by Paul Nisbet
on Fri Mar 10, 2017
On Wednesday March 8th, we were honoured to host the launch of the revised Addressing Dyslexia Toolkit, by John Swinney, Deputy First Minister, and Sir Jackie Stewart, president of Dyslexia Scotland.
The event was chaired by Professor Charlie Jeffrey, Senior Vice-Principal of the University of Edinburgh and featured contributions from Fran Ranaldi of Education Scotland and two of Dyslexia Scotland's Young Ambassadors, who talked about what it means to them to be dyslexic.
Mr Swinney said:
It is vital that young people with dyslexia get the support they need so they can achieve their potential. I have met young people who show just how much can be achieved with the right identification and support. But we also know there is more to be done. That is why we are doubling the funding we provide to Dyslexia Scotland, to support their work in improving opportunties and supporting children and their families. To help children get the right start in life, teachers must be properly equipped to identify dyslexia early and provide the right support, which is why we have refreshed our Addressing Dyslexia toolkit, and created new online training tools.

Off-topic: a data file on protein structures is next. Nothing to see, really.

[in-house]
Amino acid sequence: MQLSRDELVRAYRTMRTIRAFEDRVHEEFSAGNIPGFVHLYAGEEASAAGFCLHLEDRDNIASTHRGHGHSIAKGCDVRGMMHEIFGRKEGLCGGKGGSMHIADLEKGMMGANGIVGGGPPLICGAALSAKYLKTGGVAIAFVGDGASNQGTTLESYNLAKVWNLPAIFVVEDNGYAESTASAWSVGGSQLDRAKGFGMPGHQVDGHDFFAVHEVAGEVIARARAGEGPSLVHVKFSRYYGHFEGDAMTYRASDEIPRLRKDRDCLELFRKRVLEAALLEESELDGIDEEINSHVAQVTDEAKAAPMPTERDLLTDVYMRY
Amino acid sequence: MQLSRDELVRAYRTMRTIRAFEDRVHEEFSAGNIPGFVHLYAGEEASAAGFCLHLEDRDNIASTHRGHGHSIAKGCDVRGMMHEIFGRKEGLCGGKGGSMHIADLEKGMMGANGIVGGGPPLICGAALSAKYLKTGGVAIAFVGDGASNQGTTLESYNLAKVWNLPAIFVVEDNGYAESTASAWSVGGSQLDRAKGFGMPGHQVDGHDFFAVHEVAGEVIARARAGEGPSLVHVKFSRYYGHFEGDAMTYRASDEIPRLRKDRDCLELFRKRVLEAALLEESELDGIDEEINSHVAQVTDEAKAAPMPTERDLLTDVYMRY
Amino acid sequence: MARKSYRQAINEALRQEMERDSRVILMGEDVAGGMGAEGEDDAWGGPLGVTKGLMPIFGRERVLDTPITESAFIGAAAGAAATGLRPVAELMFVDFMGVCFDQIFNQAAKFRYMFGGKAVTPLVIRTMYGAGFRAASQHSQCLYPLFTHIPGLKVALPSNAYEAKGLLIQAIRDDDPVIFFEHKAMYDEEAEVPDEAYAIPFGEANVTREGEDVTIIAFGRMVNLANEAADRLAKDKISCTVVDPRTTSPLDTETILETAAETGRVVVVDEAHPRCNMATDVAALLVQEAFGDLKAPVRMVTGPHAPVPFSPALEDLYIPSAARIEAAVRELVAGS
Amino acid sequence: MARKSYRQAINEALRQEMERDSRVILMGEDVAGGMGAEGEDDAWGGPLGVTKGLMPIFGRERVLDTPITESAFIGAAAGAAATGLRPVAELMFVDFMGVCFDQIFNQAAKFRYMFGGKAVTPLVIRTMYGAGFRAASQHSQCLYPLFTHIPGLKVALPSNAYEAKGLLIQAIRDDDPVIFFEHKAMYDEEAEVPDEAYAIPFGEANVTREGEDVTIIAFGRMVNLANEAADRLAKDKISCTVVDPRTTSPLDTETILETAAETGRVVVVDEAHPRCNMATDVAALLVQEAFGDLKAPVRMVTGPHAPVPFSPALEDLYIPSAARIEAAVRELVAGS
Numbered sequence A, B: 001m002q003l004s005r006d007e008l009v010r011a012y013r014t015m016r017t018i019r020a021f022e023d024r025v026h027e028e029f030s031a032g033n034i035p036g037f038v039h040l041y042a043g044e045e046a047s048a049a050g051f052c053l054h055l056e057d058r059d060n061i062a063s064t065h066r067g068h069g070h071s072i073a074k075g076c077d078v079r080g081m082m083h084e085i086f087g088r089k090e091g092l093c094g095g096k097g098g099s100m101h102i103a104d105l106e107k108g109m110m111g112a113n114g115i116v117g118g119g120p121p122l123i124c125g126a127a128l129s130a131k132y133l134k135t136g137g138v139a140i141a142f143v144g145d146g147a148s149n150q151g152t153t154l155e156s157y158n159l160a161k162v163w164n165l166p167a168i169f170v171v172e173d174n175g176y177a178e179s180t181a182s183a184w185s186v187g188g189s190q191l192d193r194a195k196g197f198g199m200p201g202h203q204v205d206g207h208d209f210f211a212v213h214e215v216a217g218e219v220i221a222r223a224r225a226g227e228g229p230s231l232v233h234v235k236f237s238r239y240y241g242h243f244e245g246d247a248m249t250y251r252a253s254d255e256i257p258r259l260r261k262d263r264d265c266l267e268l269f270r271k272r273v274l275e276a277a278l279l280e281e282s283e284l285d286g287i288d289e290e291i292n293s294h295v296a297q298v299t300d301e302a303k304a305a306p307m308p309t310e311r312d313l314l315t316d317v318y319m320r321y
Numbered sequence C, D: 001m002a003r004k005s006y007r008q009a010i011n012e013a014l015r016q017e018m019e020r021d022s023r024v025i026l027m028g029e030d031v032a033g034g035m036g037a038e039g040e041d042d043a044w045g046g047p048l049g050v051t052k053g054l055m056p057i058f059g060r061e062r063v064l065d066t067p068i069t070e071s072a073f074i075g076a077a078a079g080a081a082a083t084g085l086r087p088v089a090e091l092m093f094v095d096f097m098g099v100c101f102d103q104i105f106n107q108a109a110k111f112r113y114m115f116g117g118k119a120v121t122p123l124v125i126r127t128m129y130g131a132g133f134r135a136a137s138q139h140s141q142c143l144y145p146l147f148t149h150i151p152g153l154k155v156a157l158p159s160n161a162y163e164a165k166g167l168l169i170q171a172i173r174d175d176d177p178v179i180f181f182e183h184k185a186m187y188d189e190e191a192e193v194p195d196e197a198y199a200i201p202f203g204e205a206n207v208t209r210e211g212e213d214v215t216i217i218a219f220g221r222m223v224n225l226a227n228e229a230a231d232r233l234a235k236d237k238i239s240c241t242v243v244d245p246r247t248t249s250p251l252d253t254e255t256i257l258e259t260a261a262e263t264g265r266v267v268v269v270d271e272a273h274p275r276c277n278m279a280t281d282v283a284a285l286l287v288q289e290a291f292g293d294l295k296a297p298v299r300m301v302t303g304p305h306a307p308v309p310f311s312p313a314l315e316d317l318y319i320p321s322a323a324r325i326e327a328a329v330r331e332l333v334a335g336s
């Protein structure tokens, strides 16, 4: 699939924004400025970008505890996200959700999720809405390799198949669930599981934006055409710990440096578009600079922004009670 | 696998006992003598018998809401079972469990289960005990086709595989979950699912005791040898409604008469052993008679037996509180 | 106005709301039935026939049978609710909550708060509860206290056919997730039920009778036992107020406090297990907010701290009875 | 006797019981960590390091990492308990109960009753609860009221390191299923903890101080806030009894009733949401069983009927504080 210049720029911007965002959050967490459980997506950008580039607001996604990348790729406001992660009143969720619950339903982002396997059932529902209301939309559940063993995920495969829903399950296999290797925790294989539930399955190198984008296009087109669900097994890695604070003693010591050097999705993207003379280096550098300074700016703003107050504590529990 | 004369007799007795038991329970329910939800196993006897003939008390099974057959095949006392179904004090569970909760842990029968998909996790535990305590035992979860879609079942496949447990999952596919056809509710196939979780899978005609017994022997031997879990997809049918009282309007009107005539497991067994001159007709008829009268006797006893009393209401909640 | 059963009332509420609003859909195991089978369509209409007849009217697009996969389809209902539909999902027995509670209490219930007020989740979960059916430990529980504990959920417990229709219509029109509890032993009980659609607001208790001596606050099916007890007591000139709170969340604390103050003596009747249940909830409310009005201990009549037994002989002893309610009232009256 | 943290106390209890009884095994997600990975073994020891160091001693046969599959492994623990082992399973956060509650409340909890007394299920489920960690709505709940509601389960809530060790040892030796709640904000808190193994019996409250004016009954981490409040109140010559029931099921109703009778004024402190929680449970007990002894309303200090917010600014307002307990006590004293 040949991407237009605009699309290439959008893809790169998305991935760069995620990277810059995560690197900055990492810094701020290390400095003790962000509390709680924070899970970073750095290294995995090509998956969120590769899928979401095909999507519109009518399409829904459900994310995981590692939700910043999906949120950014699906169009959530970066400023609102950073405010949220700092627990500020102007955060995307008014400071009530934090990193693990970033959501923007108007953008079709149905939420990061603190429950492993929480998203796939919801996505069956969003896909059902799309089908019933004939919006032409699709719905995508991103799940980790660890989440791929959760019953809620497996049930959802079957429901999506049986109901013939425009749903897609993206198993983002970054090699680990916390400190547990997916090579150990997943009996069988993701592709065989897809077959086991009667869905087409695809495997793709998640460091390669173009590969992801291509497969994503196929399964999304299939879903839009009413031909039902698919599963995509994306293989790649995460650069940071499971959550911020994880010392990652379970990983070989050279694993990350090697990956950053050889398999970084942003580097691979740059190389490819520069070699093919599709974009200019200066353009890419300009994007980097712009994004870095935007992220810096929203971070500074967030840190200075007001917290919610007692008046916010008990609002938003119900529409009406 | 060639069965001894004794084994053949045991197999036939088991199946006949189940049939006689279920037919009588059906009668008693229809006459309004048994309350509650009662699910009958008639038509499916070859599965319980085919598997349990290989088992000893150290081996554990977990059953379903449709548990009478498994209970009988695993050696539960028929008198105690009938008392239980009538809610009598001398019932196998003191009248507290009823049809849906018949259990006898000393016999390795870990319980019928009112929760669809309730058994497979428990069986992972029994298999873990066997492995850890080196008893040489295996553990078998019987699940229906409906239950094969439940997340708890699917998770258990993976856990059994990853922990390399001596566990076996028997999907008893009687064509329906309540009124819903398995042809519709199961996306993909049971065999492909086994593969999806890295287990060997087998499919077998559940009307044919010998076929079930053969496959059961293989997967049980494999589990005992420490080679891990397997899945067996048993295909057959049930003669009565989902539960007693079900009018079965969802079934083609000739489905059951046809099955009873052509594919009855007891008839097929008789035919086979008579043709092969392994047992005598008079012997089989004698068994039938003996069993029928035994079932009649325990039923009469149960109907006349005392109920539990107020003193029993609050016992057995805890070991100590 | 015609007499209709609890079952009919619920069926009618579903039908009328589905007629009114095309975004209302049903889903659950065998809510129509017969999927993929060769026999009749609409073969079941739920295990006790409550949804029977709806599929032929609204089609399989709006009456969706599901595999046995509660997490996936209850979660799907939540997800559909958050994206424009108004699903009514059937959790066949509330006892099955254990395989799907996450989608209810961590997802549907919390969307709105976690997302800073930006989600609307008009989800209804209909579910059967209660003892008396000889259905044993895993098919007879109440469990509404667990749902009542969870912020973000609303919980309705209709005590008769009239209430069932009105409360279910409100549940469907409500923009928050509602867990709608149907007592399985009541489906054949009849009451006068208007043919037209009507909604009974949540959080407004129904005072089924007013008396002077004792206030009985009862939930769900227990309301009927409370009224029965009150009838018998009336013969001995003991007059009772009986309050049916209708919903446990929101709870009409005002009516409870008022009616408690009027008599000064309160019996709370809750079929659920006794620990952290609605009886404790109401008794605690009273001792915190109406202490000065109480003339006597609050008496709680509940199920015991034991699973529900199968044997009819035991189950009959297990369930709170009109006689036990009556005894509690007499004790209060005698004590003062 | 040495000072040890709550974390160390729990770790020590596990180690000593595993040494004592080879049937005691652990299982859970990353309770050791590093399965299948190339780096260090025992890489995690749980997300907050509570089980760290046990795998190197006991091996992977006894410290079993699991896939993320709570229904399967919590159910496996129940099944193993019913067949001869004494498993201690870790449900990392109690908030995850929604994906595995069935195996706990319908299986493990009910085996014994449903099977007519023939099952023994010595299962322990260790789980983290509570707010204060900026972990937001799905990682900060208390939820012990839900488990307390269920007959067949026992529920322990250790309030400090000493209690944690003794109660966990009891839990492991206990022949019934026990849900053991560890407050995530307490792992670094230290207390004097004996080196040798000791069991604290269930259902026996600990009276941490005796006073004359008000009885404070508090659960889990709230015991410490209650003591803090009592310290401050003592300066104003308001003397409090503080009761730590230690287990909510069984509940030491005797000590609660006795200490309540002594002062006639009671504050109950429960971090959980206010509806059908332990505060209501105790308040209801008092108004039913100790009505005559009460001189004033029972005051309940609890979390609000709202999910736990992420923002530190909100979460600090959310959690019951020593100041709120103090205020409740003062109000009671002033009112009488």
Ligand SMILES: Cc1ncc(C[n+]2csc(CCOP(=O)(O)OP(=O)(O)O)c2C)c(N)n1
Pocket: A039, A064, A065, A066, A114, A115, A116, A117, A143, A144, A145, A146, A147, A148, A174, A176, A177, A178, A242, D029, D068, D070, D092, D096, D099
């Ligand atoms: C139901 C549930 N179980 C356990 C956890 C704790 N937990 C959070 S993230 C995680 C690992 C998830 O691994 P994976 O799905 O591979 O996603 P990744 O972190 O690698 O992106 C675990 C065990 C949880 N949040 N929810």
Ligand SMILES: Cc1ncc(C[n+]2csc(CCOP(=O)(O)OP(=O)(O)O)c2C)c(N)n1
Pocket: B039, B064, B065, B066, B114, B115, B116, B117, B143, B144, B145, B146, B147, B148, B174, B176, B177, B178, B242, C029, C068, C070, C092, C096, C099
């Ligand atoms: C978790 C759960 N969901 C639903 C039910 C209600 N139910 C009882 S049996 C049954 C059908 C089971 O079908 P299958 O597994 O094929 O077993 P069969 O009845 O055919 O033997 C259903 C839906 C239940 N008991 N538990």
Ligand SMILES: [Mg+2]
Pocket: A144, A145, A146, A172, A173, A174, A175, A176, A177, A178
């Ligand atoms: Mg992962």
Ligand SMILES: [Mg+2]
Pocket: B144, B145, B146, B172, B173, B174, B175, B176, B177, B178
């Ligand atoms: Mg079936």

Sir Jackie Stewart said:
I cannot emphasise how important it is for all teachers – and I mean all teachers - to use this free, comprehensive and informative Toolkit. For the sake of the 10–15 per cent of children and young people with dyslexia in Scotland, my hope is that teachers, schools and local authorities actively promote this invaluable guidance and the accompanying online training. My sincere thanks go to the expert working group that has made this possible.
My own experience at school scarred me for life due to the ignorance of my teacher – and we know that there are still too many young people not being identified and supported today. Therefore, I am delighted and very grateful that the Scottish Government has supported this initiative and that the Deputy First Minister has announced that the funding to Dyslexia Scotland will be doubled next year.
The new Addressing Dyslexia toolkit has been revised to make it more accessible and easier to use and provides information for teachers, schools and local authorities on inclusive practice, literacy difficulties and dyslexia. It guides users through a child-centred, collaborative process of identification, assessment, support and monitoring.
The Toolkit has been created by a working group of practitioners across Scotland, including Paul Nisbet, Director of CALL Scotland. The group is chaired by Fran Ranaldi, Development Officer - Dyslexia and Inclusive Practice at Education Scotland, hosted by Dyslexia Scotland, and funded by the Scottish Government - an excellent example of partnership working.